- (transitive, hunting) To shoot without killing.
- 1871, Robert Smith Surtees, Jorrocks's jaunts and jollities, page 48:
- They had shot at old Tom, the hare, too, but he is still alive; at least I pricked him yesterday morn across the path into the turnip field.
- (transitive) To form by piercing or puncturing.
- to prick holes in paper
- to prick a pattern for embroidery
- to prick the notes of a musical composition
- 1782, William Cowper, “On the Receipt of my Mother’s Picture out of Norfolk”, in Poems, London: […] J[oseph] Johnson, […], →OCLC:
- When, playing with thy vestute's tissued flowers,
The violet, the pink, and jessamine,
I pricked them into paper with a pit
- (obsolete) To mark or denote by a puncture; to designate by pricking; to choose; to mark.
- c. 1620, Francis Bacon, letter of advice to Sir George Villiers
- Some who are pricked for sheriffs.
- 1823, [Walter Scott], “The Enrolment”, in Quentin Durward. […], volume I, Edinburgh: […] [James Ballantyne and Co.] for Archibald Constable and Co.; London: Hurst, Robinson, and Co., →OCLC, page 166:
- And, hark ye—let the soldiers for duty be carefully pricked off; and see that none of them be more or less partakers of your debauch.
- 1599 (first performance), William Shakespeare, “The Tragedie of Iulius Cæsar”, in Mr. William Shakespeares Comedies, Histories, & Tragedies […] (First Folio), London: […] Isaac Iaggard, and Ed[ward] Blount, published 1623, →OCLC, [Act IV, scene i]:
- Those many, then, shall die: their names are pricked.
- c. 1620, Francis Bacon, letter of advice to Sir George Villiers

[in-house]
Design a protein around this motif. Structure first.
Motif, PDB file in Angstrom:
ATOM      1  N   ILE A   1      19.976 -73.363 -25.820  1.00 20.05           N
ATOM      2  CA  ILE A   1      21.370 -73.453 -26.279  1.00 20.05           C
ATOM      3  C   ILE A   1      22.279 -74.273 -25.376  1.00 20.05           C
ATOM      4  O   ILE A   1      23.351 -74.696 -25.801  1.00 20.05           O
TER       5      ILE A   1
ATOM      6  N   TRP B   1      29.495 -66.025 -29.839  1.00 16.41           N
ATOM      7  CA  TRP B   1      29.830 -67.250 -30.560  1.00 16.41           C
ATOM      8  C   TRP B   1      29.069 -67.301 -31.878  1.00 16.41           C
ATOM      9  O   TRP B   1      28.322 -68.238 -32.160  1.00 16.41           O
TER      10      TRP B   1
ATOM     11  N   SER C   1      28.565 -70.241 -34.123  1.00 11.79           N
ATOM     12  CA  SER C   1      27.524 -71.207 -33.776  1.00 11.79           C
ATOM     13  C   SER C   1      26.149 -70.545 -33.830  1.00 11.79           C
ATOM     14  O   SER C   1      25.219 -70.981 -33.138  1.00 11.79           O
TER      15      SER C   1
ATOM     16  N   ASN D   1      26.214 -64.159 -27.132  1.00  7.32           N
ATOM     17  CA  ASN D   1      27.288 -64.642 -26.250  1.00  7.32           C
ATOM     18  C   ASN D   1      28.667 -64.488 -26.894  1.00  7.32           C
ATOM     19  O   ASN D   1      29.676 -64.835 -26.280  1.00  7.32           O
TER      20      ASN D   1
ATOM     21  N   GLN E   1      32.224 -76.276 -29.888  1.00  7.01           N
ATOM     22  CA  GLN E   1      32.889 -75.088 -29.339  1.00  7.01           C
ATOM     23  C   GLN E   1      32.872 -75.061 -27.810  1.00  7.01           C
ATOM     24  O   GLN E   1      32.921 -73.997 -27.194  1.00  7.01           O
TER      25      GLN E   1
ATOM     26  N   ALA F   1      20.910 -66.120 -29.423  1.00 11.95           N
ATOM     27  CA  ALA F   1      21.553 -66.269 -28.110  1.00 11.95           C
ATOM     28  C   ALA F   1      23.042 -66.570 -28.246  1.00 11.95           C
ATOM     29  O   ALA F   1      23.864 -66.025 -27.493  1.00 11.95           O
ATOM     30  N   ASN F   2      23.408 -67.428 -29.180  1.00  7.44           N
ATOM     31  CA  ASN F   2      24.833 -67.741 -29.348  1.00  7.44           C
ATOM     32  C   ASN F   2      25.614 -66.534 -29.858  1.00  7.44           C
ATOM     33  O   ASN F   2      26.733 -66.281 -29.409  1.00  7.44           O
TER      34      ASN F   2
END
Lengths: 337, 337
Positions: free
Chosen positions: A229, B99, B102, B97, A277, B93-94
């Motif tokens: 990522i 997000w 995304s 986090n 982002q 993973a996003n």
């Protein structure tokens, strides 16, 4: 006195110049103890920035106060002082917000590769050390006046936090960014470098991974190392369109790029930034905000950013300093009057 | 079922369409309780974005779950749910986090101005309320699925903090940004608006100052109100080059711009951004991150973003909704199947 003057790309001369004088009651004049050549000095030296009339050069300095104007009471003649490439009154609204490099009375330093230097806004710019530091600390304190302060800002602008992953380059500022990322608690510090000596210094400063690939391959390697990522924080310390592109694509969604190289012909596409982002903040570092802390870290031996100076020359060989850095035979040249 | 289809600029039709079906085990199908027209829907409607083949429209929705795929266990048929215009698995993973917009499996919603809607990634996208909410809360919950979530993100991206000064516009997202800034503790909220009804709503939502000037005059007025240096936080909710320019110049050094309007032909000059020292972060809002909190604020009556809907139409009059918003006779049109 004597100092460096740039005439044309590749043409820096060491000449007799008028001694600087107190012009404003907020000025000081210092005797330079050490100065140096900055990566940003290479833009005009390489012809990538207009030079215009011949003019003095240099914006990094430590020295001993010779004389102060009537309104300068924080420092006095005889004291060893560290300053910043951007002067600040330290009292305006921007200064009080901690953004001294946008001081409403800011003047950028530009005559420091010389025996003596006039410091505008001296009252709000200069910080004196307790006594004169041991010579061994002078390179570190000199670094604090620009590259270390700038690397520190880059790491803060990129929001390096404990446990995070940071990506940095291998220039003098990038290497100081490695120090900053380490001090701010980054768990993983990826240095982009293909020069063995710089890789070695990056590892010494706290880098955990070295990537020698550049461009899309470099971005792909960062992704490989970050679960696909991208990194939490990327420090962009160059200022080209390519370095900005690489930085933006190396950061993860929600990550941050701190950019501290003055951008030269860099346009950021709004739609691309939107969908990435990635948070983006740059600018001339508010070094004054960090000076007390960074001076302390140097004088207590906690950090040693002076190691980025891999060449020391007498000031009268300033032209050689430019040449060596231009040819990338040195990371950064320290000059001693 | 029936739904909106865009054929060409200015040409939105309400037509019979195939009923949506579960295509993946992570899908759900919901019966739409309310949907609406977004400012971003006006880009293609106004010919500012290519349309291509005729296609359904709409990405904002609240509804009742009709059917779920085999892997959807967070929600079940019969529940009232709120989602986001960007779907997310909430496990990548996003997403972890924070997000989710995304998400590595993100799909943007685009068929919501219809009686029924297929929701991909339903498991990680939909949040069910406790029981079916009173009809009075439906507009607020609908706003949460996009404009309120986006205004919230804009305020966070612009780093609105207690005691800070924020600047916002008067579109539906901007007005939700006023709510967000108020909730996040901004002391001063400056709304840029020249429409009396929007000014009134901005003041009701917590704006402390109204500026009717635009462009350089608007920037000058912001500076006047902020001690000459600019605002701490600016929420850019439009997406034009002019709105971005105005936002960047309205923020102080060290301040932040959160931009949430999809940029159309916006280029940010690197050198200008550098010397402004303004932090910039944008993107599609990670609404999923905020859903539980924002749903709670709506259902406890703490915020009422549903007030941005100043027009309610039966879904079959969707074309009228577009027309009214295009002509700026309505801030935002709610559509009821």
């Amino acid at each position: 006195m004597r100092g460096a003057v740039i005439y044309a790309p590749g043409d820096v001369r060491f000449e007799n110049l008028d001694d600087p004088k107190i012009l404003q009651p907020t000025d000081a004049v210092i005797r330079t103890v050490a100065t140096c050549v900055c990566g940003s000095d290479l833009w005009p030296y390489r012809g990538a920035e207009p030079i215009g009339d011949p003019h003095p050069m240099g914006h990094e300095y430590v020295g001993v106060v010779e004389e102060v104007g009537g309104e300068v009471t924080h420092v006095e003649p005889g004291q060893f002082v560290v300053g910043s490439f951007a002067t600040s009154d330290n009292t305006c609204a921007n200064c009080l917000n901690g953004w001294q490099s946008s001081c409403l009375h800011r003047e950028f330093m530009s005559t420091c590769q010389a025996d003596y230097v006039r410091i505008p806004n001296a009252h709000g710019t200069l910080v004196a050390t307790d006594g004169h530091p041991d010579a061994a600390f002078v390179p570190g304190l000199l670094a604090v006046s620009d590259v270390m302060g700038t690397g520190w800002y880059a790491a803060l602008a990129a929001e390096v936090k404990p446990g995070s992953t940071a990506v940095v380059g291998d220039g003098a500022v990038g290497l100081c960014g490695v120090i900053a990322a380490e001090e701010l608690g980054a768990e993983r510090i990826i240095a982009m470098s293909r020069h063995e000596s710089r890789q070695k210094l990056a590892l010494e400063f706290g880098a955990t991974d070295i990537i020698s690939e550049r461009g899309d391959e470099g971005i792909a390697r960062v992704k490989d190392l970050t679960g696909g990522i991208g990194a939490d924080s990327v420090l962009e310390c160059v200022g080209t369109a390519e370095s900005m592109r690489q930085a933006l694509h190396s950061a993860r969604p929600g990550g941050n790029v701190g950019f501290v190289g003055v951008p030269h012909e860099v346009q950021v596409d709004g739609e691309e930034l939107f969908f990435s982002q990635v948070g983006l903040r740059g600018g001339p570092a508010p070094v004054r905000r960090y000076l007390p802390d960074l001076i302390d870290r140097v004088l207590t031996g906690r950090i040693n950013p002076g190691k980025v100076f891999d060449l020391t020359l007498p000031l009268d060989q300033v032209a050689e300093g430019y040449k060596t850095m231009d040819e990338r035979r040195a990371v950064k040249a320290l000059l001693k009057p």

- (transitive, chiefly nautical) To mark the surface of (something) with pricks or dots; especially, to trace a ship’s course on (a chart). [from 16th c.]
- (nautical, obsolete) To run a middle seam through the cloth of a sail.
- To fix by the point; to attach or hang by puncturing.
- 1615, George Sandys, “(please specify the page)”, in The Relation of a Iourney Begun An: Dom: 1610. […], London: […] [Richard Field] for W. Barrett, →OCLC:
- The cooks [...]prick it [a slice] on a prog of iron.
- 1704, I[saac] N[ewton], “(please specify |book=1 to 3)”, in Opticks: Or, A Treatise of the Reflexions, Refractions, Inflexions and Colours of Light. […], London: […] Sam[uel] Smith, and Benj[amin] Walford, printers to the Royal Society, […], →OCLC:
- I caused the edges of two knives to be ground truly strait; and pricking their points into a board, so that their edges might look towards one another, and, meeting near their points, contain a rectilinear angle
- (intransitive, dated) To be punctured; to suffer or feel a sharp pain, as by puncture.
- A sore finger pricks.
- c. 1606 (date written), William Shakespeare, “The Tragedie of Macbeth”, in Mr. William Shakespeares Comedies, Histories, & Tragedies […] (First Folio), London: […] Isaac Iaggard, and Ed[ward] Blount, published 1623, →OCLC, [Act IV, scene i]:
- By the pricking of my thumbs, / Something wicked this way comes.
- (transitive, intransitive) To make or become sharp; to erect into a point; to raise, as something pointed; said especially of the ears of an animal, such as a horse or dog; and usually followed by up.
- The dog's ears pricked up at the sound of a whistle.
- 1697, Virgil, “The Second Book of the Georgics”, in John Dryden, transl., The Works of Virgil: Containing His Pastorals, Georgics, and Æneis. […], London: […] Jacob Tonson, […], →OCLC:
- The courser [...] pricks up his ears.